|When I was a girl, boys had cooties. A friend’s daughter recently was warned by a fellow kindergartner not to touch or “you’ll get coronavirus.” In Boccaccio’s day you would have avoided someone “like the plague.”
Until 2013 “oh well, no one lost a limb” was a light way to brush-off something that didn’t go as intended, like a downpour on the day of a long-planned outdoor festival.
After the 2013 Boston Marathon bombing, however, that saying invokes something that is really a possibility at an event. And with advancements in medical technology, prosthetic limbs are part of everyday culture (think Amy Purdy on Dancing with the Stars).
The saying at best is no longer relevant and to some insensitive or even offensive.
Coronavirus and New Twists on Old Jokes
|Already there are COVID-19 memes, videos, gifs and more circulating, like this one, with a new angle on the “cone of shame.”
Many are funny. After all, laughing is one way to ease anxiety at a time when so much is uncertain. With daily changes, updates, cancellations, stock market angst, quarantine restrictions and global spread of the illness, it can be hard to differentiate between what’s real and what is exacerbated by panic.
Time to Put on Your Intercultural Glasses
|For many, thankfully (at the time this is written), the coronavirus is simply an inconvenience. Others see it as a true threat because of age or compromised immune system. And for most, we just don’t know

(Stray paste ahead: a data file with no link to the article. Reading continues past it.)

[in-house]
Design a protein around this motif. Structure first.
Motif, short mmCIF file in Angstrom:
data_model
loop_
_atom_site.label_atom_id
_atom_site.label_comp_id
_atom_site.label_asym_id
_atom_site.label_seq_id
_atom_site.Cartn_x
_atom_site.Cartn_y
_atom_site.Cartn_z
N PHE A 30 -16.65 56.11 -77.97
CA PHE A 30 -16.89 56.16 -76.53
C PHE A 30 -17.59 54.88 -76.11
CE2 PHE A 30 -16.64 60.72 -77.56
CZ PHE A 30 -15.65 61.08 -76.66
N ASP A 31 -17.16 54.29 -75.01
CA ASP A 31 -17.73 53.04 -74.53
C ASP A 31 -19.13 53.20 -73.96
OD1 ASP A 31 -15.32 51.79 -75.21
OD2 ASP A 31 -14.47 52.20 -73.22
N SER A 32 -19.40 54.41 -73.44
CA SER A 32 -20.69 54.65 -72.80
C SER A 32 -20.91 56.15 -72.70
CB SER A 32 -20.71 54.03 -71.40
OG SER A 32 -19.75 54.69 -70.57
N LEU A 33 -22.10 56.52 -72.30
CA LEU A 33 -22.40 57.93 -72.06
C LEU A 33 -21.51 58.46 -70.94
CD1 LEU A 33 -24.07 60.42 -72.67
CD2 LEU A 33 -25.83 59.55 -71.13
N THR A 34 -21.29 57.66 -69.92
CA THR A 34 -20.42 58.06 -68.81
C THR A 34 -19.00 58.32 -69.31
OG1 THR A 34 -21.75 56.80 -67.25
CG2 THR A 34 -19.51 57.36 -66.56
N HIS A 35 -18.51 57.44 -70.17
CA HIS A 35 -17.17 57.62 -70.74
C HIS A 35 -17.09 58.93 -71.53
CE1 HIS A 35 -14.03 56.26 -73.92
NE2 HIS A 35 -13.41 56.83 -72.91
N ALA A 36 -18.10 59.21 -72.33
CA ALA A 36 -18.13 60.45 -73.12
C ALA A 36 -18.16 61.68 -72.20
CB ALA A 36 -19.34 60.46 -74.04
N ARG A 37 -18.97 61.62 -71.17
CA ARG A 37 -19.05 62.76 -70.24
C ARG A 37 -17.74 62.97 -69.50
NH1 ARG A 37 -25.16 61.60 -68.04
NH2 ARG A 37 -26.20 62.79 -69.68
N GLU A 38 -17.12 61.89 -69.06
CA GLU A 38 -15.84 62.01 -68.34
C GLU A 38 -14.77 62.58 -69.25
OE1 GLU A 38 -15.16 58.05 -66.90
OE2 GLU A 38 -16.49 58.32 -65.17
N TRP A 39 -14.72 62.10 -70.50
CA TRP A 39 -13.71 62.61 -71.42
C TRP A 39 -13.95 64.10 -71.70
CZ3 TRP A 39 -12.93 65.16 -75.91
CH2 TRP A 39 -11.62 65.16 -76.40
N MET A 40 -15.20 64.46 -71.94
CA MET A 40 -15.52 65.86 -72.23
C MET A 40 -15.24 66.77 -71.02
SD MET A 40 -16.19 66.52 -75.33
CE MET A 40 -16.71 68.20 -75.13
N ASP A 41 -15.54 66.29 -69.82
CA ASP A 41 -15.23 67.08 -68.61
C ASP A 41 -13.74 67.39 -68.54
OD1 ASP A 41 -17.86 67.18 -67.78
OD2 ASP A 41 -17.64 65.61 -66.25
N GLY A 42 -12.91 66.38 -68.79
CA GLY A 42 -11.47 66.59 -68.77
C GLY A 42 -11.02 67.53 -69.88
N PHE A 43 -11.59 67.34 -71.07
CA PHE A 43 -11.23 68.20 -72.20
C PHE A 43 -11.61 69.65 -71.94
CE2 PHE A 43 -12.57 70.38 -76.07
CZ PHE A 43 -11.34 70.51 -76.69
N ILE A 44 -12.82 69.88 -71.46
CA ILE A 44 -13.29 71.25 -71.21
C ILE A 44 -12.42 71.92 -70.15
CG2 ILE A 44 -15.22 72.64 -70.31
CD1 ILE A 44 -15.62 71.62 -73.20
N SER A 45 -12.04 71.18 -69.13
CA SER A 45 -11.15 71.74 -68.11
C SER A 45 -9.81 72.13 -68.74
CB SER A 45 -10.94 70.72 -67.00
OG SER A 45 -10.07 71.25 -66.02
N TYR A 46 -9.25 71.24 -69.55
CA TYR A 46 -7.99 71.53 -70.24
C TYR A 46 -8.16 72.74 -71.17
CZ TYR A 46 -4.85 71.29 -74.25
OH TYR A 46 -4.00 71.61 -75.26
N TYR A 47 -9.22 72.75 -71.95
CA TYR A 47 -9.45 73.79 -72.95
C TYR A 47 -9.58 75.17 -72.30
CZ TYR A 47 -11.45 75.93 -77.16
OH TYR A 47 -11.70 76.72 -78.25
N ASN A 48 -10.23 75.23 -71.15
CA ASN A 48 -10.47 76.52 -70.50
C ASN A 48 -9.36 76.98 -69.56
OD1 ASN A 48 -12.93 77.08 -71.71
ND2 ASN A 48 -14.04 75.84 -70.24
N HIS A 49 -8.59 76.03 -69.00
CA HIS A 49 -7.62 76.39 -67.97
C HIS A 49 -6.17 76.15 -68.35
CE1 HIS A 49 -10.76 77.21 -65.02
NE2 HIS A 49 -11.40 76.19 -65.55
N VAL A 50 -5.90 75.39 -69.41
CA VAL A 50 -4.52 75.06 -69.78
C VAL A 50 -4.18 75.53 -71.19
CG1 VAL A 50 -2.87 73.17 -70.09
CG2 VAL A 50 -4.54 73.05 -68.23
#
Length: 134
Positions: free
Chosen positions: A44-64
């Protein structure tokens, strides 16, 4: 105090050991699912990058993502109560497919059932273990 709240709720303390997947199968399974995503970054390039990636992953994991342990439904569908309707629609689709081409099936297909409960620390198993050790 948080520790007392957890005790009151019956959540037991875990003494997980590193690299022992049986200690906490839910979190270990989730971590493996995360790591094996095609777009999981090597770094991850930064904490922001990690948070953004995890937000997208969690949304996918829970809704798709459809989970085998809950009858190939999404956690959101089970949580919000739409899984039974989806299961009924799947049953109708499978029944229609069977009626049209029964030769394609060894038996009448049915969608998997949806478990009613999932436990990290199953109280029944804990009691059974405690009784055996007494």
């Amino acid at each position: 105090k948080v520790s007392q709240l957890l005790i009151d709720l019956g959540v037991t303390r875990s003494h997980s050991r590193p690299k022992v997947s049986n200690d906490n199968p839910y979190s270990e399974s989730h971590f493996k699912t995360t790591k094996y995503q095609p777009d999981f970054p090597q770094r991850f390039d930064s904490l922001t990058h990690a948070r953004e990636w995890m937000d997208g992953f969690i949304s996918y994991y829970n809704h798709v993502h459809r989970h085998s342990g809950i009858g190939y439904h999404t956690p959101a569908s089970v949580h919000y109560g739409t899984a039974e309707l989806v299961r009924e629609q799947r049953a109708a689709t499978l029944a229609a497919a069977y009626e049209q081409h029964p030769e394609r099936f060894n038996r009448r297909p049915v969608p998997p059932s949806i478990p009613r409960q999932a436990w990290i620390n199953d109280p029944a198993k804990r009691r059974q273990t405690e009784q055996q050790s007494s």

It is, however, a time to put on your intercultural glasses, using intercultural in the broadest sense of respecting another’s individual perspective.
It’s not silly if your 85-year-old neighbor is really scared–listen and validate their concerns. Respect the wishes of your friend who is HIV positive and doesn’t appreciate jokes posted on Facebook. Loss of income and financial implications are real. Sneeze into your elbow. Help others if you can. Wash your hands, again. And stay home if you are sick.
Think about how what you say conveys your personal orientation to what’s going on. And know that it is just that: Your experience. It can be as simple as saying and asking “this is how I’m impacted right now…how are things with you?”
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The article originally planned for March was “Urban Slang: How What You Say Shows Your Age.” That was about generational influences on popular language and how to adapt and be more self-aware in your communications.
Read that article here.